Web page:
A few months ago, Russia’s autocratic President Vladimir Putin signed into law legislation that was passed almost unanimously by the Russian Duma. This new law bans so-called “gay propaganda” under the guise of protecting Russian children from the pernicious influence of nontraditional relationships. In effect, the laws’ implications will be broad. A newspaper article about gay issues must contain a disclaimer. A public health campaign targeting the gay community would be illegal. Two men or two women holding hands in public could be illegal (never mind if they have the nerve to wave a flag or stage a kiss-in). Much of the world has reacted to the law with disgust.
This law is abusive — it not-so-tacitly lends credence to the vicious and violent homophobia rampant in Russia today. In response, many have suggested protests and boycotts. Owners of gay clubs and bars, for example, say we should all stop drinking Stoli vodka. Some online petitioners are demanding that the International Olympic Committee should force Russia to repeal its legislation. And actor Stephen Fry and others have advocated that nations boycott the Sochi Winter Olympics.
But the way to respond is not with pettiness or empty symbolism. You don’t change minds by being as petty as someone is cruel. You change minds by proving your worth.
All of the suggested protest measures, from boycotting Stoli to forgoing Sochi, are nothing more than incoherent, insubstantial, ineffective anger. Not buying a Russian vodka to protest the Russian legislature would be like not buying Budweiser to protest the war in Iraq. It ignores the source of the problem, and you won’t even make a dent in the corporation’s profits.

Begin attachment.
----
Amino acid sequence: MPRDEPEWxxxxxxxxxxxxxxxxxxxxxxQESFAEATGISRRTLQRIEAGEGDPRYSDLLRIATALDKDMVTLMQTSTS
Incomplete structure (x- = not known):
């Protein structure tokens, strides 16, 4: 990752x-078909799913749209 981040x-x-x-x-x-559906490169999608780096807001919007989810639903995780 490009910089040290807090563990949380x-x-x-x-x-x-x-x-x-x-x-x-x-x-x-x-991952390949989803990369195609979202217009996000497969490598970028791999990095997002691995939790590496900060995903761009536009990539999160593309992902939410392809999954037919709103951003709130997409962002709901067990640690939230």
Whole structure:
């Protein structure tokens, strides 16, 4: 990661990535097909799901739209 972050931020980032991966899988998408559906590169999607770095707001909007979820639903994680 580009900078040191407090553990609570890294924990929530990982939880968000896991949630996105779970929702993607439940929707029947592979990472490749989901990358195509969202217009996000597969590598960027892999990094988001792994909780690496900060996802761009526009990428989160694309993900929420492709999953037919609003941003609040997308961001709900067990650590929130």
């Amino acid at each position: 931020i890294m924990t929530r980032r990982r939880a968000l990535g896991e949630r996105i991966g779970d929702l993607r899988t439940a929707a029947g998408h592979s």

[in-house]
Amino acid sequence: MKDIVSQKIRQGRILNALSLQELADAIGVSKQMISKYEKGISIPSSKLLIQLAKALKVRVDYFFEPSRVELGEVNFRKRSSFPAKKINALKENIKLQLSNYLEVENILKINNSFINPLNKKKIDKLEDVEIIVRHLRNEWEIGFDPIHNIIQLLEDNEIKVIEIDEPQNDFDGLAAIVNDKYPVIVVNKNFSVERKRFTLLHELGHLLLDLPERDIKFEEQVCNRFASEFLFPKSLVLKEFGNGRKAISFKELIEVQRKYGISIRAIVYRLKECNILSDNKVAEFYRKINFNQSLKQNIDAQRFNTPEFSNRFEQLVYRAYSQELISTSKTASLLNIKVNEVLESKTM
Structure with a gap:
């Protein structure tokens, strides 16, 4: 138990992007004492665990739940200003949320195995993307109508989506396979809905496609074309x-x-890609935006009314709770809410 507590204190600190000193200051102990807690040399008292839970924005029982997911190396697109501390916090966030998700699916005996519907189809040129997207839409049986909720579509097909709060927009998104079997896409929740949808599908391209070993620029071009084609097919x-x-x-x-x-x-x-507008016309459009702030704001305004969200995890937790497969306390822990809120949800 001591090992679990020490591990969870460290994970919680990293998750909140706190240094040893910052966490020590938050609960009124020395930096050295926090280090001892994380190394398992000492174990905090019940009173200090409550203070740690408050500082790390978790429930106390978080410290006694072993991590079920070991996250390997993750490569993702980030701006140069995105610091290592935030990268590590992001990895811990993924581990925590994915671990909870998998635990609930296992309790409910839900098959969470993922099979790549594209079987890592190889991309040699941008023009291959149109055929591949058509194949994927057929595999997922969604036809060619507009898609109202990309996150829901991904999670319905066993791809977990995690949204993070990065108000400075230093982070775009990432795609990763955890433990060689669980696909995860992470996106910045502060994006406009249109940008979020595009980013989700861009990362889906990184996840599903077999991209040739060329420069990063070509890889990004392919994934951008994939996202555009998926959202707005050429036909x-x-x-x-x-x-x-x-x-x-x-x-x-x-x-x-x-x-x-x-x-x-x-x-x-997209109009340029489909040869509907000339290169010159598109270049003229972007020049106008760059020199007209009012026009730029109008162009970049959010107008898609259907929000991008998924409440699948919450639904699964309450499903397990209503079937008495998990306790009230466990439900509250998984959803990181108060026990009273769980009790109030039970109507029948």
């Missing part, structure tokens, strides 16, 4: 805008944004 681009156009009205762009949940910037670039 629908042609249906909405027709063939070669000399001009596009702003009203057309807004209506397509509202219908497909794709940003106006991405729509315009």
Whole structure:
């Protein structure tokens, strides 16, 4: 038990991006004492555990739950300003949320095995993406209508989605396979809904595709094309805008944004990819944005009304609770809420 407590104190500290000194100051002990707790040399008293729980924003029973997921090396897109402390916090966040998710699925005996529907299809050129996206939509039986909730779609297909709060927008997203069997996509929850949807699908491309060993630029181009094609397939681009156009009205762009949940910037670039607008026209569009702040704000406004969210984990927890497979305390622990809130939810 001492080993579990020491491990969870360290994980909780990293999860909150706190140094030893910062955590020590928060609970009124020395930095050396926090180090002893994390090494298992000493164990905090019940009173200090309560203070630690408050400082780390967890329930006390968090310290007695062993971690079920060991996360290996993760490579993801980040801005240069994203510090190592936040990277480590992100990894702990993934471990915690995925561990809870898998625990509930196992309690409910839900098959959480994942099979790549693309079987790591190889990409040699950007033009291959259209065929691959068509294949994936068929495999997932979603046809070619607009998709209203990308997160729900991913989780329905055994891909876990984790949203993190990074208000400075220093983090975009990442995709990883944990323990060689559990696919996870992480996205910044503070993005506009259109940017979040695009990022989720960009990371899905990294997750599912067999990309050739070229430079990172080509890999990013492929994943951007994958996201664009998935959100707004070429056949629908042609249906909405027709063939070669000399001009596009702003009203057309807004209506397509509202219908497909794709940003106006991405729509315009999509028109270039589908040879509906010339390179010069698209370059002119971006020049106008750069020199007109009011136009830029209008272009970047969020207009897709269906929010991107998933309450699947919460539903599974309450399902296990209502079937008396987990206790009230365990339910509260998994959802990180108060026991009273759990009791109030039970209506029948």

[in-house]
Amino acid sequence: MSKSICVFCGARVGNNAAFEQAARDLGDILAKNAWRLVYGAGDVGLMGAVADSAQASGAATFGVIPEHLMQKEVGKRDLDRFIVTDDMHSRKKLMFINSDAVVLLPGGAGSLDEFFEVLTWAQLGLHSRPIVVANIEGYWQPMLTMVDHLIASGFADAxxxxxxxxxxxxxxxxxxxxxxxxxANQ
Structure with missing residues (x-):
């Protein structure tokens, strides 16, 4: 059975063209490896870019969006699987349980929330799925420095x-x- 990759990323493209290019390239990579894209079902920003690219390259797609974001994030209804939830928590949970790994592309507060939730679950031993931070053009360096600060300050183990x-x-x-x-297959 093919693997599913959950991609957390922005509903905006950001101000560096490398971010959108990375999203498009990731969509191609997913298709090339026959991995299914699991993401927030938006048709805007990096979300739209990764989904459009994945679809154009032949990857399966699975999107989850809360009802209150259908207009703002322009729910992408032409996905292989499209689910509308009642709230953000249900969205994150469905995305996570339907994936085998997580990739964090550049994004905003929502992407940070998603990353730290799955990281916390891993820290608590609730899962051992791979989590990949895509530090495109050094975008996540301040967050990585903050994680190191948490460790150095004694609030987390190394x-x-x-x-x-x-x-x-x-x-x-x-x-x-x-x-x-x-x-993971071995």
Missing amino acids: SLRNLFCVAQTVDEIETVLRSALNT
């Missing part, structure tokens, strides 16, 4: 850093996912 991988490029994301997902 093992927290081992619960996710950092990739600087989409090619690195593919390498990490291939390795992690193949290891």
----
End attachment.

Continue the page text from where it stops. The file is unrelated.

Telling the IOC to force Russia to change its laws is equally foolish. A combative and resurgent Russia would use the opportunity to prove to its citizenry how strong it is in the face of international pressure, and how important it is that Russia remain pure in an unfriendly world. The IOC would become an excuse for inaction, not an impetus for change.
And boycotting the Olympics is the worst idea of all. Jesse Owens, and the many Jewish athletes who accompanied him to Germany, could have chosen to skip the 1936 Olympic Games to protest Adolf Hitler’s ideology. Instead, Owens did one better: He went to Berlin and won four gold medals. He showed Hitler and the world that his theory of racial inferiority was an evil myth. Gay and lesbian athletes should do the same. A skier who is gay can fly down the slopes just as quickly as a skier who is straight. And the gay skier has an advantage that the straight skier does not: something to prove.
Give those athletes the chance to prove themselves. Shift the focus of the world away from protests against Russia’s laws, and instead focus on the achievements of gay and lesbian athletes in spite of the law. Already, athletes competing in Russia are making quietly subversive protests against the law, whether through subtle rainbow nail polish or in post-competition press conferences. Do not turn the athletes who have trained for years into a political statement the same way Russia has made a political statement out of a minority of its citizens.
Woody Allen famously said that 80 percent of life is showing up. Russia claims that homosexuality is so dangerous that it must be hidden and denigrated. Instead of agreeing to be hidden by a boycott, the ultimate display of defiance would be seeing athletes on the pedestal proud of who they are and their achievements — not as gay athletes, but as the best athletes.
For athletes who are gay, athletes who are allies and their fans, showing up ultimately shows up Russia.